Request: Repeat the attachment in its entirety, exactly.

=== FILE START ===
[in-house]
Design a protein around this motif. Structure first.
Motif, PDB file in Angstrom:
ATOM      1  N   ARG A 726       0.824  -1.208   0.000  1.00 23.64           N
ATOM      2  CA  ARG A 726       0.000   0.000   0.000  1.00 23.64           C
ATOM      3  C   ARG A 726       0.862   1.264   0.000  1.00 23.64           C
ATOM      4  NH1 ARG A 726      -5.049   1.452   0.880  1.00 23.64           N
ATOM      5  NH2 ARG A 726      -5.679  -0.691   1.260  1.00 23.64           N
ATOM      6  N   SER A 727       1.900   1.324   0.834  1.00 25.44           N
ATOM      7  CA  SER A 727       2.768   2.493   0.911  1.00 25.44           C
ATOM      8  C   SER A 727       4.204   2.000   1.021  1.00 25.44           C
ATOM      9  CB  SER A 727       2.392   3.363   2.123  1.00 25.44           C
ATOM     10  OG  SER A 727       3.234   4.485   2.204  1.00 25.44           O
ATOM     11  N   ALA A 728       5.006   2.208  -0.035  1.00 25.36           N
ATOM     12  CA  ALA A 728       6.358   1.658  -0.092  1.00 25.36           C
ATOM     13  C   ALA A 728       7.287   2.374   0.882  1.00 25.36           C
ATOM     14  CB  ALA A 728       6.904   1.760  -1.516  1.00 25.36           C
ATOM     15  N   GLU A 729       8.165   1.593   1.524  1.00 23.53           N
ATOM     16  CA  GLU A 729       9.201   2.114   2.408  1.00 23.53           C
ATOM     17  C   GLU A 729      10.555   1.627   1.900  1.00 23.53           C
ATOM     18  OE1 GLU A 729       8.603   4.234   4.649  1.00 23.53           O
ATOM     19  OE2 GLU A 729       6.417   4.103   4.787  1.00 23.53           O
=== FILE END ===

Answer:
[in-house]
Design a protein around this motif. Structure first.
Motif, PDB file in Angstrom:
ATOM      1  N   ARG A 726       0.824  -1.208   0.000  1.00 23.64           N
ATOM      2  CA  ARG A 726       0.000   0.000   0.000  1.00 23.64           C
ATOM      3  C   ARG A 726       0.862   1.264   0.000  1.00 23.64           C
ATOM      4  NH1 ARG A 726      -5.049   1.452   0.880  1.00 23.64           N
ATOM      5  NH2 ARG A 726      -5.679  -0.691   1.260  1.00 23.64           N
ATOM      6  N   SER A 727       1.900   1.324   0.834  1.00 25.44           N
ATOM      7  CA  SER A 727       2.768   2.493   0.911  1.00 25.44           C
ATOM      8  C   SER A 727       4.204   2.000   1.021  1.00 25.44           C
ATOM      9  CB  SER A 727       2.392   3.363   2.123  1.00 25.44           C
ATOM     10  OG  SER A 727       3.234   4.485   2.204  1.00 25.44           O
ATOM     11  N   ALA A 728       5.006   2.208  -0.035  1.00 25.36           N
ATOM     12  CA  ALA A 728       6.358   1.658  -0.092  1.00 25.36           C
ATOM     13  C   ALA A 728       7.287   2.374   0.882  1.00 25.36           C
ATOM     14  CB  ALA A 728       6.904   1.760  -1.516  1.00 25.36           C
ATOM     15  N   GLU A 729       8.165   1.593   1.524  1.00 23.53           N
ATOM     16  CA  GLU A 729       9.201   2.114   2.408  1.00 23.53           C
ATOM     17  C   GLU A 729      10.555   1.627   1.900  1.00 23.53           C
ATOM     18  OE1 GLU A 729       8.603   4.234   4.649  1.00 23.53           O
ATOM     19  OE2 GLU A 729       6.417   4.103   4.787  1.00 23.53           O